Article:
1. What is your name?
2. What is your professional title?
Chief Medical Technologist, Department of Molecular Pathology, University of Chicago Medicine
3. How did you decide to enter the field/What (or who) brought you into the field?
I have been inspired by the field of healthcare since I was a kid! My dad spent his entire career working for amazing Pharma giants and while growing up I have heard stories about drug development & vaccines from him. Since I had identified my passion for biology early on, I opted to get my undergraduate degree in Microbiology from Pune University in India. The issue of multi drug resistant bacteria in India was at peak around that same time, it inspired me to pursue my Master’s in Microbiology from the same University.
Soon after graduating, I worked for at a local pathology lab, where I performed antibiotic sensitivity testing for various patient samples. That was my first experience of patient care, where I witnessed the effects of multi drug resistant bacteria on the treatment of patients. Soon I got admitted into Bowling Green State University in Ohio as a Graduate student in the Department of Biology. My thesis paved my path towards Genomics as it was based on Complete Genome sequencing of a thermophilic bacteria and introduced me to the concept of Next Generation sequencing, Sanger Sequencing and molecular biology.
After graduating, I worked at Laboratory Corporation of America Holdings (LabCorp) in Raleigh, NC for 2 years in the Prenatal Genomics Department as a technologist. I moved to Chicago for my job as a Medical Technologist at the Department of Pathology, University of Chicago Medicine and have been with the team since then!
4. What do you do? How would you describe your role?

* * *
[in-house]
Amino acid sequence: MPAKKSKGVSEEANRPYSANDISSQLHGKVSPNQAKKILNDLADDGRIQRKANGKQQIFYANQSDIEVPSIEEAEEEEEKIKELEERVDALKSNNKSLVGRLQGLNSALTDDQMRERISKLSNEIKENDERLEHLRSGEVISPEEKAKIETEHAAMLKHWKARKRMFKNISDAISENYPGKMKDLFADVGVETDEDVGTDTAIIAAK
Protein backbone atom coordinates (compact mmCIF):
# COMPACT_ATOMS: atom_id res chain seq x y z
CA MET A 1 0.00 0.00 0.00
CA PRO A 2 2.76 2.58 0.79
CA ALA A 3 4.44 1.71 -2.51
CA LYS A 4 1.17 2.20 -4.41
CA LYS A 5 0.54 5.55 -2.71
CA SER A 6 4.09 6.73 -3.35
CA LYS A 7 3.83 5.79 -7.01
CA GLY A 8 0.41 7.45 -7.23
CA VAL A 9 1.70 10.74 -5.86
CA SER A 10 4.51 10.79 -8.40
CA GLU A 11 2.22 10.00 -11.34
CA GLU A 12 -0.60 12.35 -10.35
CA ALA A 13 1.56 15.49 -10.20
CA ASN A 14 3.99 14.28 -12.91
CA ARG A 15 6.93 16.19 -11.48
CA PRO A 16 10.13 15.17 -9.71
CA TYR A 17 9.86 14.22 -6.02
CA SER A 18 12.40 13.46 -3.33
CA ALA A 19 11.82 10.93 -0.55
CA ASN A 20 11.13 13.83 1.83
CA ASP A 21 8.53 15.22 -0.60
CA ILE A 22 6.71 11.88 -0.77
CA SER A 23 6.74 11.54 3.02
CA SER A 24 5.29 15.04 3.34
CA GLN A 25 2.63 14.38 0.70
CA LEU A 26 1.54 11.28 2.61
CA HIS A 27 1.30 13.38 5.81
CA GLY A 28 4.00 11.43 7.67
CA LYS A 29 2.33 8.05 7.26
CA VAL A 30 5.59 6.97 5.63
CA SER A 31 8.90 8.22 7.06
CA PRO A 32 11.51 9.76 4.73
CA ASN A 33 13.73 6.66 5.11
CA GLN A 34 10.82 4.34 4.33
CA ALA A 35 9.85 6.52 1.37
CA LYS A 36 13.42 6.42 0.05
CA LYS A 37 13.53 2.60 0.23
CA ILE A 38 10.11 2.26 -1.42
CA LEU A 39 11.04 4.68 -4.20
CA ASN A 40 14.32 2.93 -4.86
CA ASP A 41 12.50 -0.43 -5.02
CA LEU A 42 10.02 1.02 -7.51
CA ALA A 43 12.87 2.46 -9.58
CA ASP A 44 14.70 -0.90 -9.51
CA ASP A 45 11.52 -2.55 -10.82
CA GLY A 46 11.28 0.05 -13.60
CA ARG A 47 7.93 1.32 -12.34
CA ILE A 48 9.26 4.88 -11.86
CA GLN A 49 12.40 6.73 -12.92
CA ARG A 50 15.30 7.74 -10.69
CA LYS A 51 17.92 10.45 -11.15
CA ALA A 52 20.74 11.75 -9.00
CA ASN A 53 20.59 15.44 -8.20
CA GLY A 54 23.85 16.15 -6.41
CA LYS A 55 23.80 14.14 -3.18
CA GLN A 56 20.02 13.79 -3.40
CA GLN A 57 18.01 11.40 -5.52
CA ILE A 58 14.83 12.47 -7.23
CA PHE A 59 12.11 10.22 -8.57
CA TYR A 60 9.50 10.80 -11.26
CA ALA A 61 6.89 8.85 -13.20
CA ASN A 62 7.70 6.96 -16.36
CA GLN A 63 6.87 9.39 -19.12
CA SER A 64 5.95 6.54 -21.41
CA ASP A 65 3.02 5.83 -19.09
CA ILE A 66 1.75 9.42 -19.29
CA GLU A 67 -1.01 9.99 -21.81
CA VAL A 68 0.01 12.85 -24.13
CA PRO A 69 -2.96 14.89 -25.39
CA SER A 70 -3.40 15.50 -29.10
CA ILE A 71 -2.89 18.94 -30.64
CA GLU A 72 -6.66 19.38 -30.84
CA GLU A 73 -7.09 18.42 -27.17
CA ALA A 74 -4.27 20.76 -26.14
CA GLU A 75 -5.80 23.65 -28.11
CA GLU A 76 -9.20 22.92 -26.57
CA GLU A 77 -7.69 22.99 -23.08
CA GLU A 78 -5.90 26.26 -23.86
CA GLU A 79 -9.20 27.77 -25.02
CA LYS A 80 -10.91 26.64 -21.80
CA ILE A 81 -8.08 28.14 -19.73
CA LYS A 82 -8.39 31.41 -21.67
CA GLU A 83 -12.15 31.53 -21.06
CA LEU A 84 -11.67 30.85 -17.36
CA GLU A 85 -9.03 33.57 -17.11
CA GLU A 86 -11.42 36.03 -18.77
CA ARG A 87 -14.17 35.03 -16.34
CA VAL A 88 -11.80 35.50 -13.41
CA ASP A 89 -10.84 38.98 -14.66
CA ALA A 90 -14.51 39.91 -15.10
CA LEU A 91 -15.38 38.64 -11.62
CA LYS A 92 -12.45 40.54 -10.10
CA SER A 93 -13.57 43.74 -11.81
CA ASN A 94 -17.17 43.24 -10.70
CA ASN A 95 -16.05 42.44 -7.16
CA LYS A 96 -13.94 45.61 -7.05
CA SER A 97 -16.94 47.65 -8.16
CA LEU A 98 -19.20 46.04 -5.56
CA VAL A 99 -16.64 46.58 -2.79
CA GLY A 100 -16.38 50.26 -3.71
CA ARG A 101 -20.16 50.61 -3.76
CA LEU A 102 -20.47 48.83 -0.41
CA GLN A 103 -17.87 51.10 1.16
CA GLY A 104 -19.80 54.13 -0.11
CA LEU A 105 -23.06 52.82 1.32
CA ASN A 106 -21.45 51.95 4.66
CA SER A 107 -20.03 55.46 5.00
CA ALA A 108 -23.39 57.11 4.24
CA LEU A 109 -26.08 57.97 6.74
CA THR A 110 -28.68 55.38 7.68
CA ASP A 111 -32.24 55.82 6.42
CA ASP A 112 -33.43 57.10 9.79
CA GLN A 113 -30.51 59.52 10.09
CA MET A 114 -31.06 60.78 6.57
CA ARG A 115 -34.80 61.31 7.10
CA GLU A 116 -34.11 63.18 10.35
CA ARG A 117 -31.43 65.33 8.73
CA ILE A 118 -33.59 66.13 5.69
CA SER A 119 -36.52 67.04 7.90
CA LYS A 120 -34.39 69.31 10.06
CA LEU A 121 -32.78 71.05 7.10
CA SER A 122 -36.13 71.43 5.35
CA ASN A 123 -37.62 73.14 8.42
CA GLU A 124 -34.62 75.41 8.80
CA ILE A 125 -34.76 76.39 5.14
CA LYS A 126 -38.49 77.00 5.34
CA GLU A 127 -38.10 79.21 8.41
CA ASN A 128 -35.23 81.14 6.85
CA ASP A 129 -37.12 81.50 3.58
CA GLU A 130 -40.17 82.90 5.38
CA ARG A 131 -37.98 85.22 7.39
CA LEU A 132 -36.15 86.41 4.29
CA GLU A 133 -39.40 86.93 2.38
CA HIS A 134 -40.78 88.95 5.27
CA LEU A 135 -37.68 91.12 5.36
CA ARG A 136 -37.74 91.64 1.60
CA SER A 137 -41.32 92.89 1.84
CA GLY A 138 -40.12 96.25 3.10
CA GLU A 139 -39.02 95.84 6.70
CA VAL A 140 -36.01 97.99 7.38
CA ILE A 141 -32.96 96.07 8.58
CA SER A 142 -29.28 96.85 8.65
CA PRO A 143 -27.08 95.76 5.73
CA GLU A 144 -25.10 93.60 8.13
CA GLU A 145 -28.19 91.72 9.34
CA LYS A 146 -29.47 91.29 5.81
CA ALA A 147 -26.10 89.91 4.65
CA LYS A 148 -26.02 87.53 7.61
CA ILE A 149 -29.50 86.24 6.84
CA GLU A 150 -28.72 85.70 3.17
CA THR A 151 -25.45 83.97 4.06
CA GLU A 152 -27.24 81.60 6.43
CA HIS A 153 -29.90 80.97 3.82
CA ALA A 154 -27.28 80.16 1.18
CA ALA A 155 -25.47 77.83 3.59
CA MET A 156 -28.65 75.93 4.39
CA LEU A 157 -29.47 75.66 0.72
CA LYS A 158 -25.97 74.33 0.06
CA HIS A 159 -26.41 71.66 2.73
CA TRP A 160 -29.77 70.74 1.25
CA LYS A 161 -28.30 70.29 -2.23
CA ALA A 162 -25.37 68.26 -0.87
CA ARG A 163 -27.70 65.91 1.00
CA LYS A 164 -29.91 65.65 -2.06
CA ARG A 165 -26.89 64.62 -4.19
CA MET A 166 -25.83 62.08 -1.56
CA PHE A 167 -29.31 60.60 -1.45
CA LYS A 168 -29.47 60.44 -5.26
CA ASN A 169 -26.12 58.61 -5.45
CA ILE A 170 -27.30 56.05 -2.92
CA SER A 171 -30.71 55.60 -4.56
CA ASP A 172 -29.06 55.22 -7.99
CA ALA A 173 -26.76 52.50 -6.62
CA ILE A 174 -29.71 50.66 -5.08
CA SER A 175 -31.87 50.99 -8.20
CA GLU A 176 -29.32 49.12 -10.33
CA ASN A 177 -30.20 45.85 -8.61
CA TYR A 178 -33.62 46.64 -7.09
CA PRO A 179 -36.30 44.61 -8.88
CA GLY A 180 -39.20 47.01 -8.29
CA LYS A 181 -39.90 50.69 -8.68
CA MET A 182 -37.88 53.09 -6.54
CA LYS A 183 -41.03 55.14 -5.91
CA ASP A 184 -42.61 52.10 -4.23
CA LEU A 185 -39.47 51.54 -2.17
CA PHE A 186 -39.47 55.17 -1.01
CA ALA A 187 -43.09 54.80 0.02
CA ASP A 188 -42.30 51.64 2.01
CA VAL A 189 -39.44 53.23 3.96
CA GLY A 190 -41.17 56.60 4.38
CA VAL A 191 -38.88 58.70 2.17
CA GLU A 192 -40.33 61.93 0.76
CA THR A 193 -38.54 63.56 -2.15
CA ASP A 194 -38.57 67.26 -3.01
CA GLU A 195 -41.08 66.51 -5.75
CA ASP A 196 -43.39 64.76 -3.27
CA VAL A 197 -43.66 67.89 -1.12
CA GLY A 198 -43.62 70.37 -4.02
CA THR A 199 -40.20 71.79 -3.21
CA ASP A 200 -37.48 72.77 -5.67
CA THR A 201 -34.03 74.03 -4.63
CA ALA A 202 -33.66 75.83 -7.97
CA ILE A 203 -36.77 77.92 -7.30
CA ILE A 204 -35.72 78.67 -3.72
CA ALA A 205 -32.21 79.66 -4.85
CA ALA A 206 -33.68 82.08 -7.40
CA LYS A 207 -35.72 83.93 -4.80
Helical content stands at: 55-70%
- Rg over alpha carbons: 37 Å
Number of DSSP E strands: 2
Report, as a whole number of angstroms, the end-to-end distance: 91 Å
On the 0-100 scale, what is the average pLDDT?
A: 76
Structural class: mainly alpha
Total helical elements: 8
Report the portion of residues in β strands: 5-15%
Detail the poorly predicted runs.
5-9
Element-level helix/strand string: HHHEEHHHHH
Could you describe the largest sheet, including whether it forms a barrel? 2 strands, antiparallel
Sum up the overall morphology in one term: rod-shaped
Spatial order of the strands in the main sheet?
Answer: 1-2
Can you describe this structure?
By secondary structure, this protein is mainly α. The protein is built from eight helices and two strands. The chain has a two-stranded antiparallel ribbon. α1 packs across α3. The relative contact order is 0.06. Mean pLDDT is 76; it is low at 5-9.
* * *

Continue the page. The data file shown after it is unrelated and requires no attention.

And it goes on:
As a Chief Medical Technologist, I work on the bench as well as manage lab staffing/training, Quality control, proficiency testing & process improvement with the aim of keeping our lab compliant with the regulatory standards. I primarily serve as a liaison between laboratory staff and our Medical Directors, in addition to my role as a leader “in progress” since it is training me in the newer aspects of management and responsibility.
5. How does your work help patients?
We offer a great variety of Molecular Diagnostic and Clinical Genomics (NGS) tests that help determine patient treatment plan & disease progression. Some of our tests also help patients to get enrolled in clinical trials if found suitable.
6. What degree(s) and/or training did you receive to achieve your position?
I have an undergraduate degree in Microbiology and two Masters degree’s (Microbiology & Biology)
7. What is the greatest challenge you face in your work?
The field of Next Generation sequencing is growing rapidly and has a myriad of platforms that generates a large amount of informative data which sometimes is overwhelming to interpret. Training and hiring Medical Technologists without specialized NGS skill is challenging, as newer technologies are launched very often.
8. What is the best part of your work as you see it? (most interesting, fun…)
I love the troubleshooting aspect of NGS assays, since they constantly keep me on my toes and encourage learning. It motivates me to know that what I do everyday is benefiting patient care directly.
9. What AMP resources/courses have helped you advance your career?
CHAMP discussions and webinar series are some of the resources that I find helpful.
10. In your opinion, what are the most valuable aspects of AMP membership?
As a Newbie to AMP, I would say most valuable aspects would be networking and learning. The grandeur of so many intelligent minds working in the same field as mine inspires me.